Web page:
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The Boulder

Tony Robertson, a Greencastle native and third-generation facilities worker, embodies DePauw. His office walls hold a lot of history, and he’s proud to share what has kept him here for 37 years.

His tenure began as a painter in 1982 when he was hired by Bruce Collins, former physical plant director and grandfather to Clay Carter, director of IT technical services and coordinator of media services.

“Bruce took a chance on a kid who had no experience, and gave me an opportunity. And I’ll never forget that,” Robertson says.

He attributes the path to his current position of director of facilities care and space management as “a natural progression over time.” Robertson’s job is to lead the university’s maintenance and client services teams, including groundskeeping, facility service providers and space/event planning.

But to Robertson, his role at DePauw and his relationship to the place are a whole lot more.

His father and grandfather as well as his wife, along with their three daughters, have been employed by DePauw. “So, I guess to say DePauw is part of the Robertson family, or more important, we are part of the DePauw family, goes without saying.”

DePauw men’s basketball coach Bill Fenlon “says it best,” Robertson says. “‘We’re in the relationship business.’ And that’s what DePauw is all about.”

Robertson relishes his role as facilities management team liaison to the president’s office for Ubben Lectures and guest speaker logistics. “I don’t know if there is another place where I could have worked where I could stand in the same room as presidents or prime ministers or sports figures or entertainers.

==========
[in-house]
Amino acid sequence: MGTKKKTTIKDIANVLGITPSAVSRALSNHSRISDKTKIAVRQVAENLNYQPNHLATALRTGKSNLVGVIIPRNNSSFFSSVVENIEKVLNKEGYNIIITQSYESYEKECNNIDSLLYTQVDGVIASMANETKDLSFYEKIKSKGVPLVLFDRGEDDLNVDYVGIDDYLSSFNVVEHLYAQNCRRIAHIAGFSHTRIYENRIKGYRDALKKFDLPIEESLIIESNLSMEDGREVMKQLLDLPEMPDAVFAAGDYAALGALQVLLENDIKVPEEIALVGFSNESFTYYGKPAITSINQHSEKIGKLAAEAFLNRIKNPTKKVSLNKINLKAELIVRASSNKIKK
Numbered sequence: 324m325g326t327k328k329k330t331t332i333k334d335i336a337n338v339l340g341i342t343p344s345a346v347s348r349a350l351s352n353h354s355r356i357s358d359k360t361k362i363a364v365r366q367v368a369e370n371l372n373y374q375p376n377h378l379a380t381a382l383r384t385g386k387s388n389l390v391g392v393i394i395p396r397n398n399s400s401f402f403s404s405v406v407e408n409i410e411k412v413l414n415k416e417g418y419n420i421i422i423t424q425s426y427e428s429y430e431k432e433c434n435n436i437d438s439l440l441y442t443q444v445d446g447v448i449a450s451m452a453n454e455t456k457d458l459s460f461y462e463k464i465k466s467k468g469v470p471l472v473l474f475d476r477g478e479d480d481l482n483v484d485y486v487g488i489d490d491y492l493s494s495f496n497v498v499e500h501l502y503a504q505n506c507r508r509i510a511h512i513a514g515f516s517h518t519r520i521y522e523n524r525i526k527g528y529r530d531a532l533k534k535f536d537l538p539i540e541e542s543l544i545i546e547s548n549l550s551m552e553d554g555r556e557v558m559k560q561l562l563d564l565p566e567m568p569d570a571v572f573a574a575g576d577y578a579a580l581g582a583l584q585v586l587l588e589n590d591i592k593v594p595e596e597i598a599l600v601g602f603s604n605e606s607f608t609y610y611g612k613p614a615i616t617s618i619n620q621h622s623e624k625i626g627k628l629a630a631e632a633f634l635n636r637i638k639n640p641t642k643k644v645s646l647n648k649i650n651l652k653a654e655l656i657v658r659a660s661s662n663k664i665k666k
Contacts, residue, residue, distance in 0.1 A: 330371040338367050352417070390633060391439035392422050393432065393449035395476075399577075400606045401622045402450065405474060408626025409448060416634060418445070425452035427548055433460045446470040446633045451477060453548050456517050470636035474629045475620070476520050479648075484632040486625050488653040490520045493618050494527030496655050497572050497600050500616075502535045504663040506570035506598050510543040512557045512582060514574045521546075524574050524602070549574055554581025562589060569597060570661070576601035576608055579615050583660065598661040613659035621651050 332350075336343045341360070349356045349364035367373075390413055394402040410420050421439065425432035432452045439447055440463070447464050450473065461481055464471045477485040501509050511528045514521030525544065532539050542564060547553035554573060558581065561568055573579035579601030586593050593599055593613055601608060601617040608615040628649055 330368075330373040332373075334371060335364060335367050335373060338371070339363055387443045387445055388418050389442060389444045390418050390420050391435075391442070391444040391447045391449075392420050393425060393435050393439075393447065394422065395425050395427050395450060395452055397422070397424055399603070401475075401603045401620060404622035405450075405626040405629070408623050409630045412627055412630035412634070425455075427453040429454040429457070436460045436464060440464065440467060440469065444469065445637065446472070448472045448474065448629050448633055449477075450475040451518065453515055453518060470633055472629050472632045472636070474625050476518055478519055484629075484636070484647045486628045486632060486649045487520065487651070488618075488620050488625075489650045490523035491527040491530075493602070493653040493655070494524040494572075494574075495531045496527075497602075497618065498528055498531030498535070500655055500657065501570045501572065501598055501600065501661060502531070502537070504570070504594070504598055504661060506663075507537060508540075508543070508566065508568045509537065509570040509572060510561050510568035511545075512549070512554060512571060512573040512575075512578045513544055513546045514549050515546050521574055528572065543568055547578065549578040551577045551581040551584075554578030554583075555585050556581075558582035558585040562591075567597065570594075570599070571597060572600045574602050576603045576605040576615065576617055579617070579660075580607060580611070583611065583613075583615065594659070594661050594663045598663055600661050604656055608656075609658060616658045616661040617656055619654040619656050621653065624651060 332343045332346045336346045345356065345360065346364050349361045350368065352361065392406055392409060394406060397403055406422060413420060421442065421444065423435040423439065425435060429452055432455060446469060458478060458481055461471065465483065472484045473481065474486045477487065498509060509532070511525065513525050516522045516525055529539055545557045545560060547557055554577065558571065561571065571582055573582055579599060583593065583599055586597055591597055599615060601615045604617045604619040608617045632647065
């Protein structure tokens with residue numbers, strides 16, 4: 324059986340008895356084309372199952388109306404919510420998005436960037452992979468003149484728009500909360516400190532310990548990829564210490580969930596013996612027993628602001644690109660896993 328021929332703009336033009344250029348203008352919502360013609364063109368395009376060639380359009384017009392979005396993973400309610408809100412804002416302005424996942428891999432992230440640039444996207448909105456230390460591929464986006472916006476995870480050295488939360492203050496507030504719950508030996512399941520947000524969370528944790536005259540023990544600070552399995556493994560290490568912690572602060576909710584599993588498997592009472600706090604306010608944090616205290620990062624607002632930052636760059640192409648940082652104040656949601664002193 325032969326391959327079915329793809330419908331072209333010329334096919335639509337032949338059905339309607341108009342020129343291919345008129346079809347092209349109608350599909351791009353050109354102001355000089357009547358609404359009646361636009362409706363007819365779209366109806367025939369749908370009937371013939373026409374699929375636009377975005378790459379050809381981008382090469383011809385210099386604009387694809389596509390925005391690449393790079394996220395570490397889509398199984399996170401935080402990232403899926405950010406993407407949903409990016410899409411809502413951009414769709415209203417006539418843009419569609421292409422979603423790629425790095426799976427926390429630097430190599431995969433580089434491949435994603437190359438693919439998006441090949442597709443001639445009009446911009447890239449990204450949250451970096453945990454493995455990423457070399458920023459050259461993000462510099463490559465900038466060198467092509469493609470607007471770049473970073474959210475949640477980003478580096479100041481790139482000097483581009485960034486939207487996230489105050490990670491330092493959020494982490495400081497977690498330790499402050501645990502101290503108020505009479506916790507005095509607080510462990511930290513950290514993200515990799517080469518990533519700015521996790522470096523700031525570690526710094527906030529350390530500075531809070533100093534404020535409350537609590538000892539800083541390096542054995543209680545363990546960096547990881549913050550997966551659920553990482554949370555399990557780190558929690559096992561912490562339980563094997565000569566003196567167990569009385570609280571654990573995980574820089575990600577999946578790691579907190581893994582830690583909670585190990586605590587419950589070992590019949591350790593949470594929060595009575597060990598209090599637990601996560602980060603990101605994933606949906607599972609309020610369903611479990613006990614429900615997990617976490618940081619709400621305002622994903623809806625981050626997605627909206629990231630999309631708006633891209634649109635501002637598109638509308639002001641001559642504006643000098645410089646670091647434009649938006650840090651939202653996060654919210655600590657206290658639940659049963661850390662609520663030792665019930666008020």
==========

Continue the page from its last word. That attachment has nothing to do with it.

“Few people have an opportunity to even see these people, and we’re in the same room with them.”

Robertson says he’s inspired by the variety of his work and the people he encounters everyday. “I could be talking to the president or to a facilities person on their first day on the job or someone on campus interviewing for a coaching position, and I love it.”

And while some might complain after so many years of inhabiting the same office space, not Robertson. It has given him plenty of fodder for the stories he likes to tell. 

“Many of the things in here have a story, and I like stories. I believe that one of facilities’ roles is to tell building stories, and why we need them fixed or why is this here or why is that not here.”

Well then, in regard to current construction projects on campus, when will we see the light at the end of the tunnel? “That’s a great question,” he says. “Hopefully never. Hopefully, we’re always in a bit of disarray, which means we’re improving or changing. And I’m not a great proponent of change, but I think in the world we live in today, especially in higher ed, we have to.”

Given Robertson’s outgoing personality, it’s no surprise how he describes his role at DePauw: “I truly believe I’m in the relationship business – whether that is a relationship with a customer or whether that’s a relationship with a coworker, whether that’s a relationship with an outside vendor or whether that’s a relationship with students. That’s how I approach my job.”

DePauw men’s basketball coach Bill Fenlon “says it best,” Robertson says. “‘We’re in the relationship business.’ And that’s what DePauw is all about.”

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